By Chris Kuan
On 31 October, Ministry of Health (MOH) reported that S$1.736 billion was collected in premiums for MediShield Life (MSL) from November last year to September this year — almost three times higher than the payouts.
Deflecting the question about the large disparity, MOH explained that to distribute premiums more evenly throughout a person’s lifetime, a proportion of an individual’s premium is also set aside for pre-funding of premiums in their senior year and that the pre-funding proportion “can go up to half of the premiums paid during the working ages”.
In isolation, this appears very reasonable in that the MSL Fund is managed to ensure its ability to meet all claims and liabilities under the worst case scenario. This is especially considering it is in line with the MAS’s Risk-based Capital Framework. The gap between premiums and claims ought to narrow over time with an ageing population.
However, the gap still looks very large and experts put it down to fiscal prudence on the part of the MOH erring on the side of caution.
That is very well and good and we can all go to sleep soundly at night knowing that the MOH is doing its absolute best to ensure healthcare costs will not bankrupt the nation. But does not this building up of reserves through collecting more premiums than claims to meet future contingencies look familiar to you?
It should. Conceptually and practically it is the same as the government building the reserves through land sales and excess returns earned on investing Central Provident Fund (CPF) debt proceeds in order to meet undefined future contingencies and that unknown “rainy day”.
Fiscal prudence or fiscal sustainability does not appear out of the thin air, it has to be paid for. By us and we do so three times – first through the building of the reserves, second through the low levels of social expenditures despite the building of reserves and third by front loading MSL premiums which given the MOH’s caution is probably far more frontloading than need be.
Reiterating a point I made before. The government, in fact, any government of an advanced country like Singapore, is in a unique position in which it can pool risk, resources and aggregate demand far better than any entity because the government has powers of legislation or coercion if you will.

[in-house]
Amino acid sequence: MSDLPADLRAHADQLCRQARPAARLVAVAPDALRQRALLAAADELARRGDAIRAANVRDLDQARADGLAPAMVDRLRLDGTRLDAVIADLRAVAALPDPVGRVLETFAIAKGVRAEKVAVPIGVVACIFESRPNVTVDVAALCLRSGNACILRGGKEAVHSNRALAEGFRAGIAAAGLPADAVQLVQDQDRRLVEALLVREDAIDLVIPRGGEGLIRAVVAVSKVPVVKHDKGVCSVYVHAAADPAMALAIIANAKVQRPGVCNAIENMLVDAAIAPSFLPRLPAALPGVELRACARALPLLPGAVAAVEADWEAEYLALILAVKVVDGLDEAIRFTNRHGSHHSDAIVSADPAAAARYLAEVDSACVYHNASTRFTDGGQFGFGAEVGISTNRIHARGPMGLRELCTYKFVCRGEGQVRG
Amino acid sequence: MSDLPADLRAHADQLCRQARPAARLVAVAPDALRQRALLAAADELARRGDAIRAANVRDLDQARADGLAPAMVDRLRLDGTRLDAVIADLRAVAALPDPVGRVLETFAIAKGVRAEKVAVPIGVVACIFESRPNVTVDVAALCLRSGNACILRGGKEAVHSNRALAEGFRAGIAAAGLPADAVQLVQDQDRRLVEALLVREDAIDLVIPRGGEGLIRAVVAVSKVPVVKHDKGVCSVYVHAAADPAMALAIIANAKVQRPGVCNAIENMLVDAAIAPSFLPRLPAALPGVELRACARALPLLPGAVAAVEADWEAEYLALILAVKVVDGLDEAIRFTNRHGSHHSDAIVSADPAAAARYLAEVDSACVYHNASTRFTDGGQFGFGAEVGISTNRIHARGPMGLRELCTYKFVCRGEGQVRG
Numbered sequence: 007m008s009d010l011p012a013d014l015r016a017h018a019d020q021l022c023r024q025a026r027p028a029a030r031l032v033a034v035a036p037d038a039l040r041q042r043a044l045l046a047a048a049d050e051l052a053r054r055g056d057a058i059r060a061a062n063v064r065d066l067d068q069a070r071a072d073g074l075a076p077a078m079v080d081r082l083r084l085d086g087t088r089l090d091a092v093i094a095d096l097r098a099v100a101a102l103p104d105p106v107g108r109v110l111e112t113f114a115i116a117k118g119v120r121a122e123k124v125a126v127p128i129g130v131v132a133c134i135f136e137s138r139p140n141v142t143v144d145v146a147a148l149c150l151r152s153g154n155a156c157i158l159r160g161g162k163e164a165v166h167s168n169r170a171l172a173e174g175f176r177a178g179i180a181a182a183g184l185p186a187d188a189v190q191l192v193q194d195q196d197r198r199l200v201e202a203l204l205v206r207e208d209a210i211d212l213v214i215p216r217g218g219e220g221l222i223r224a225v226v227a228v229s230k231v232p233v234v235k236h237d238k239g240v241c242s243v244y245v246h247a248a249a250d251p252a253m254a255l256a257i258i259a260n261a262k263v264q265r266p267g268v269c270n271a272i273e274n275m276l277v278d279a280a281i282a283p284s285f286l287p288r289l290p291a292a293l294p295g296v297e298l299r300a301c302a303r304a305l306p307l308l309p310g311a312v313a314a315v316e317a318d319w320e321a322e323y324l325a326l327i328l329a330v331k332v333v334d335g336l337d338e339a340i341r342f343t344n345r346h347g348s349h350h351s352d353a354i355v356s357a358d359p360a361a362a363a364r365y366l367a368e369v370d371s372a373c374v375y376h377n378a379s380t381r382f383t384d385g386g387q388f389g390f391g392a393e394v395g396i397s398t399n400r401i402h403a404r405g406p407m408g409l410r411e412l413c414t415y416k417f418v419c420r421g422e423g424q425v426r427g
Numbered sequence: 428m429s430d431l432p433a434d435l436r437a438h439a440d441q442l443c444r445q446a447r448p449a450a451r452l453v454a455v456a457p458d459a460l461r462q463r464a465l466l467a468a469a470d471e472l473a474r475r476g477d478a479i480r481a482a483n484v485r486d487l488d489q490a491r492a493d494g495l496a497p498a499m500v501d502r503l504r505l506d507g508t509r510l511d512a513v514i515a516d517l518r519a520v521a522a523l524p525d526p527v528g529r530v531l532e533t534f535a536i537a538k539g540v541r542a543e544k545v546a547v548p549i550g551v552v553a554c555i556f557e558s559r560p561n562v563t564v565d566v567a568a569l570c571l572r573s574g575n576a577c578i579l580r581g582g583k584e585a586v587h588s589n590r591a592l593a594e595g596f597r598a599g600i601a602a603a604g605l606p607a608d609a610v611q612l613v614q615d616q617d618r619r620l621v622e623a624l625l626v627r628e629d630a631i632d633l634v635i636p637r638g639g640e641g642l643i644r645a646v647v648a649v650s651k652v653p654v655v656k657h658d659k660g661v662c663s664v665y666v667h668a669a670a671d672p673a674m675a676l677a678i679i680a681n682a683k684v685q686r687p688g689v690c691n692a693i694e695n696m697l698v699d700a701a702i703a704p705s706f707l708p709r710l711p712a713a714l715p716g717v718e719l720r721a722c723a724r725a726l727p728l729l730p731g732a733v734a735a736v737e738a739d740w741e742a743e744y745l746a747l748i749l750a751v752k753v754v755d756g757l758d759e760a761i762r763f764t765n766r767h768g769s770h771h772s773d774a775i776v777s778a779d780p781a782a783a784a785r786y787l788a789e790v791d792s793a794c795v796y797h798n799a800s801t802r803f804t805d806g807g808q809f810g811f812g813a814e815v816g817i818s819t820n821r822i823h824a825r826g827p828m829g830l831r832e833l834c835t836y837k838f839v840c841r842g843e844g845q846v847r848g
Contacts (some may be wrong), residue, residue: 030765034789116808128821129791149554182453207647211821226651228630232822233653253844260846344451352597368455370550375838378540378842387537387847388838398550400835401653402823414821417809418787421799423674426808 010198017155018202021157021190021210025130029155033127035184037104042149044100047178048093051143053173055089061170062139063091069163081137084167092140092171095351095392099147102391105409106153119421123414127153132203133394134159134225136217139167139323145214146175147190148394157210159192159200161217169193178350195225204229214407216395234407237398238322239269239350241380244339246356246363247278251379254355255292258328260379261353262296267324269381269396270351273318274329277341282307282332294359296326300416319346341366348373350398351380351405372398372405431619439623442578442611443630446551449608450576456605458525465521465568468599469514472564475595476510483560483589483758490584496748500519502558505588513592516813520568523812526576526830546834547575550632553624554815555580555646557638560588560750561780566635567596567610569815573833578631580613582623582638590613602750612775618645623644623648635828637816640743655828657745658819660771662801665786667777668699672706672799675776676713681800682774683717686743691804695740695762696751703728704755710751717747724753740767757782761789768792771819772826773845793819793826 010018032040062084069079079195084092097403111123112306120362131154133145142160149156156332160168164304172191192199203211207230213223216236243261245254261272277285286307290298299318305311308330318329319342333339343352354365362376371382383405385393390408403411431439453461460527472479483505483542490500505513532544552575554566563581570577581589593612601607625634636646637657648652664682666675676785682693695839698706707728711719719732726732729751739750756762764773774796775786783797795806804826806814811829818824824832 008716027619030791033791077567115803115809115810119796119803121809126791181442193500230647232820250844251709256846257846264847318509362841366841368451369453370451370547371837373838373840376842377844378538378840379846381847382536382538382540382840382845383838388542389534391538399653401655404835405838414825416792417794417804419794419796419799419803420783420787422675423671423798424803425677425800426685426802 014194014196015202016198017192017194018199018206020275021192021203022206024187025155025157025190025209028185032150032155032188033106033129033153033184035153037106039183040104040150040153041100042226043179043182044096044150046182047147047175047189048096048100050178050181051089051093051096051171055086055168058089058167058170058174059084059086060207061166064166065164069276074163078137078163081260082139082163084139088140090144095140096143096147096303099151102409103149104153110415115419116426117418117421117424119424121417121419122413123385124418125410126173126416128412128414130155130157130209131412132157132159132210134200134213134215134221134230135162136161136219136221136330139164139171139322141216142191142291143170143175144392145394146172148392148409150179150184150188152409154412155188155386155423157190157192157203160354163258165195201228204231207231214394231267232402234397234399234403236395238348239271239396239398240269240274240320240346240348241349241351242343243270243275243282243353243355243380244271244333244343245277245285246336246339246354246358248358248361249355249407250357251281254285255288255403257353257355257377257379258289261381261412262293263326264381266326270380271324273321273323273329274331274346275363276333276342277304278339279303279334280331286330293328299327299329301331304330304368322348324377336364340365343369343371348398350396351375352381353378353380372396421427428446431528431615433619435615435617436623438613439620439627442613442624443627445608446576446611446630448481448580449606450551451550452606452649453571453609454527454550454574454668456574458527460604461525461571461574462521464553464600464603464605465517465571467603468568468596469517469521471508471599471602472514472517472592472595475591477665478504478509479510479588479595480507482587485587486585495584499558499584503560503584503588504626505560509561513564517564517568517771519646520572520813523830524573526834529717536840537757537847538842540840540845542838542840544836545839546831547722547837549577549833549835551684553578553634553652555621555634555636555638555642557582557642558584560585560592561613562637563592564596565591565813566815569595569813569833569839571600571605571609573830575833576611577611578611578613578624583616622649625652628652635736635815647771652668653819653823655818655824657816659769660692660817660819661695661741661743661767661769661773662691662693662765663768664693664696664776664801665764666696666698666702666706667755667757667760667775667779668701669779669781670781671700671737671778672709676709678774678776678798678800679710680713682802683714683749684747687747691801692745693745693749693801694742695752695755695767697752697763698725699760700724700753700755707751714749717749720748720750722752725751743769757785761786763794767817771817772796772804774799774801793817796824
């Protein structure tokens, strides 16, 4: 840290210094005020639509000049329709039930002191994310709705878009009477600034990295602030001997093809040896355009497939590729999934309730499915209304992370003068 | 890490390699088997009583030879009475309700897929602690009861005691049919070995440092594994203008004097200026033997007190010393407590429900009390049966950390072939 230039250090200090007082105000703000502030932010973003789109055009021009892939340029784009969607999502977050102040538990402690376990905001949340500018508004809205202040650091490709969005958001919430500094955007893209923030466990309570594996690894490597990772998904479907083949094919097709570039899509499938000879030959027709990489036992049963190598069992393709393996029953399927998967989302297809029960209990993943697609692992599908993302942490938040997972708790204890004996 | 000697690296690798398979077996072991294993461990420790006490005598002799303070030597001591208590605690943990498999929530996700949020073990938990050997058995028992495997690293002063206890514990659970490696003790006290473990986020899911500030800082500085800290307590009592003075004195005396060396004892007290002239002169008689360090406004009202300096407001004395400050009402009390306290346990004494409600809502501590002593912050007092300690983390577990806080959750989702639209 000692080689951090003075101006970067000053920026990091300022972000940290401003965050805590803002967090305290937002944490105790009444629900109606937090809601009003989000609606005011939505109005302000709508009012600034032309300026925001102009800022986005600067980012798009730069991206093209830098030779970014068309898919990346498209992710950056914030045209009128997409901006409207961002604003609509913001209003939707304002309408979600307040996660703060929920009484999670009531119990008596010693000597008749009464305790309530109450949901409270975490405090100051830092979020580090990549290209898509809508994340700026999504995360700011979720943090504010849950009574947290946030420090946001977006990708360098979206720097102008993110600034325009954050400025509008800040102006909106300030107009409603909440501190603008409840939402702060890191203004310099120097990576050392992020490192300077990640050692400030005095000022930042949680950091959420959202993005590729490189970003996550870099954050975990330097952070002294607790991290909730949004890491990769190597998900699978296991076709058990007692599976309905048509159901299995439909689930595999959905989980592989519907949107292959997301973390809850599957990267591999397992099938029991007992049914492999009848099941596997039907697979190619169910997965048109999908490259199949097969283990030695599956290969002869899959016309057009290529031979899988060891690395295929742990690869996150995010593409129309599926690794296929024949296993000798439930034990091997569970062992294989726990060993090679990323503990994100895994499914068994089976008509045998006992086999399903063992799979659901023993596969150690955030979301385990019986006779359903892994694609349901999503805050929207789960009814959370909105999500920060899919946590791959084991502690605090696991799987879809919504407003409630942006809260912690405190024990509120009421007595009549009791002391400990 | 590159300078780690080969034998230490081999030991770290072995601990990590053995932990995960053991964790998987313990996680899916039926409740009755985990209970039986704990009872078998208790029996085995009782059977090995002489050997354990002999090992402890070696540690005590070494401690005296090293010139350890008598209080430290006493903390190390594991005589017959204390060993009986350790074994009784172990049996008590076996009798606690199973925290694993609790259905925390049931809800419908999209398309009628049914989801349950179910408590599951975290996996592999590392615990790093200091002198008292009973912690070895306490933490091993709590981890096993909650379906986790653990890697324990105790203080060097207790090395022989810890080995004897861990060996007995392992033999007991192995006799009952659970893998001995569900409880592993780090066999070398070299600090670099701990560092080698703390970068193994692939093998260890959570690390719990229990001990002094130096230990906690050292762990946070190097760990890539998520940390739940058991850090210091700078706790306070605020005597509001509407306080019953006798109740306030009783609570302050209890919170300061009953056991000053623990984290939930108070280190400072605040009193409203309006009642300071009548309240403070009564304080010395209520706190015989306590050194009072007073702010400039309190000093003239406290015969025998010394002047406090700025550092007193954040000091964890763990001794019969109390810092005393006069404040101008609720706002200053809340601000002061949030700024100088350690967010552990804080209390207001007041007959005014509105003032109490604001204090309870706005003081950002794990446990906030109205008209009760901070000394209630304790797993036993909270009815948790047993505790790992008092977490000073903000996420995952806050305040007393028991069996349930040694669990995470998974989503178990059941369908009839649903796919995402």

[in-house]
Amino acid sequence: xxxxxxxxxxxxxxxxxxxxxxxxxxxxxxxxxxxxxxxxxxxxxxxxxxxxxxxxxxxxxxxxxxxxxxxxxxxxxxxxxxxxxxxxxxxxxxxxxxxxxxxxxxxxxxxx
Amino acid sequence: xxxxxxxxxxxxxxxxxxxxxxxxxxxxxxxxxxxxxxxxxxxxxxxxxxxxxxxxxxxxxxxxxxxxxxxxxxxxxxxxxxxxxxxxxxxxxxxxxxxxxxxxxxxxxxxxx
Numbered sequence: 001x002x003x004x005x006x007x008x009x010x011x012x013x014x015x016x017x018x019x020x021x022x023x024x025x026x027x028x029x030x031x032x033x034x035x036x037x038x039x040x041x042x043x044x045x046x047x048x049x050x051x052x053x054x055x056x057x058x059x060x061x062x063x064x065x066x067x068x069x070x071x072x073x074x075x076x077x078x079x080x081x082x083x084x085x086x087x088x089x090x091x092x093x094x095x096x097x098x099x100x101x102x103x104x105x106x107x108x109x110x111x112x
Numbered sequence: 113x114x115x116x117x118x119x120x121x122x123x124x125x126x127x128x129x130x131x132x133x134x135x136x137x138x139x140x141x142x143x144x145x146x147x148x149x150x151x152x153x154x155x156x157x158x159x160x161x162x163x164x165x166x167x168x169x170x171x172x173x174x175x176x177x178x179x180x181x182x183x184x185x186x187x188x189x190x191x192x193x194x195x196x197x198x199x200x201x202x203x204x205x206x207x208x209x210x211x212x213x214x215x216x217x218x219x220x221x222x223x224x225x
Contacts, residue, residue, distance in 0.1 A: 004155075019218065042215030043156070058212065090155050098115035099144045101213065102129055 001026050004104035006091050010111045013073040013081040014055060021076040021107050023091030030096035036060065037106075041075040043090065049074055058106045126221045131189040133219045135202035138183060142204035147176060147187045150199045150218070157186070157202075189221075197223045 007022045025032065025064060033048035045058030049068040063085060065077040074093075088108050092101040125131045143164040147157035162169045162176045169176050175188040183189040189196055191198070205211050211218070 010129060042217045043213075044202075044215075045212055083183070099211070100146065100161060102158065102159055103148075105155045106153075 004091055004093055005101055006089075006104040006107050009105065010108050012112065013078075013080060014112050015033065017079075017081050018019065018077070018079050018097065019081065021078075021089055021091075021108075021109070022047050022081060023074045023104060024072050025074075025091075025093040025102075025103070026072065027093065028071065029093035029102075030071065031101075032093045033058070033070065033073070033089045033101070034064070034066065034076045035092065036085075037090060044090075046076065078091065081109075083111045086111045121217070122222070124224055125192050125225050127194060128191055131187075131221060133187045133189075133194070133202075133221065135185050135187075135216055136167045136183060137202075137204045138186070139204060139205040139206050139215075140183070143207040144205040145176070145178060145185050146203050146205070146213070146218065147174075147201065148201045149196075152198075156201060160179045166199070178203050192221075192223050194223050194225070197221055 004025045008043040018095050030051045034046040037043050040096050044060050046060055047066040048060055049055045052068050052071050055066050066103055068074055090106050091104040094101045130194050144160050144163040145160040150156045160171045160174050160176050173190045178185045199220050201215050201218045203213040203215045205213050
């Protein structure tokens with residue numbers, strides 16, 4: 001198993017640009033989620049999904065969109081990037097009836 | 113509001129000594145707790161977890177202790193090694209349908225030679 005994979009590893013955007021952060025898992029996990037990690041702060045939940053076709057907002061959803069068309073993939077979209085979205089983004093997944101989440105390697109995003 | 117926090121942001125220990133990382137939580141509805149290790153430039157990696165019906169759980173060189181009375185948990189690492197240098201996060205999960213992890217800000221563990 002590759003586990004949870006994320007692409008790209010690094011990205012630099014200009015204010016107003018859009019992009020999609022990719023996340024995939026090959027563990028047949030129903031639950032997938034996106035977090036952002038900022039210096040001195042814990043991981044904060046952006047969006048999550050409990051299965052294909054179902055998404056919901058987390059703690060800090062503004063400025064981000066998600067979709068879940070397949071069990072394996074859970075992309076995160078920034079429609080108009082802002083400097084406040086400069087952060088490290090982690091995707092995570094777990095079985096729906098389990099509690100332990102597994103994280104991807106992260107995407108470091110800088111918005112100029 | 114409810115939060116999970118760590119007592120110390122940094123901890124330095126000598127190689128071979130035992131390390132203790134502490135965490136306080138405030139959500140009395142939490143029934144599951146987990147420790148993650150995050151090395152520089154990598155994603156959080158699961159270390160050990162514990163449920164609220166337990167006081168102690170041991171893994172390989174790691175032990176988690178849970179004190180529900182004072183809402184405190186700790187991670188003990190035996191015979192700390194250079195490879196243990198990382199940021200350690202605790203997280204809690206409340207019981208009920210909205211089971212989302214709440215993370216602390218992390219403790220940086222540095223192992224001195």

If the medium by which fiscal sustainability is to be achieved is through the build up of national reserves, so be it. But social needs have to be financed and that ought to come from the national reserves, not building of yet more reserves at the lower levels of government such as the MOH and CPF, even Town Councils.
And to the argument that national reserves may be depleted by financing such social needs, then my retort is that the fall back position is not more reserves at the lower level of government but the incurrence of debt for expenditures, i.e. deficit spending. Because the state exists in perpetuity whereas individuals have a horizon limited to a lifetime, it can borrow to finance social needs at the lowest possible costs and over generations, an impossibility for individuals and corporations. Those AAA rating ought to be used to help citizens rather than being a decorative item or a means for state-owned companies to borrow at low costs.
The pervasive building of reserves that is endemic in the entire government apparatus is simply burdening citizens with costs which the government ought to meet through the national reserves and through deficit spending if need be. The depletion of savings and as a result the financial security are having very large consequences. It need not be so.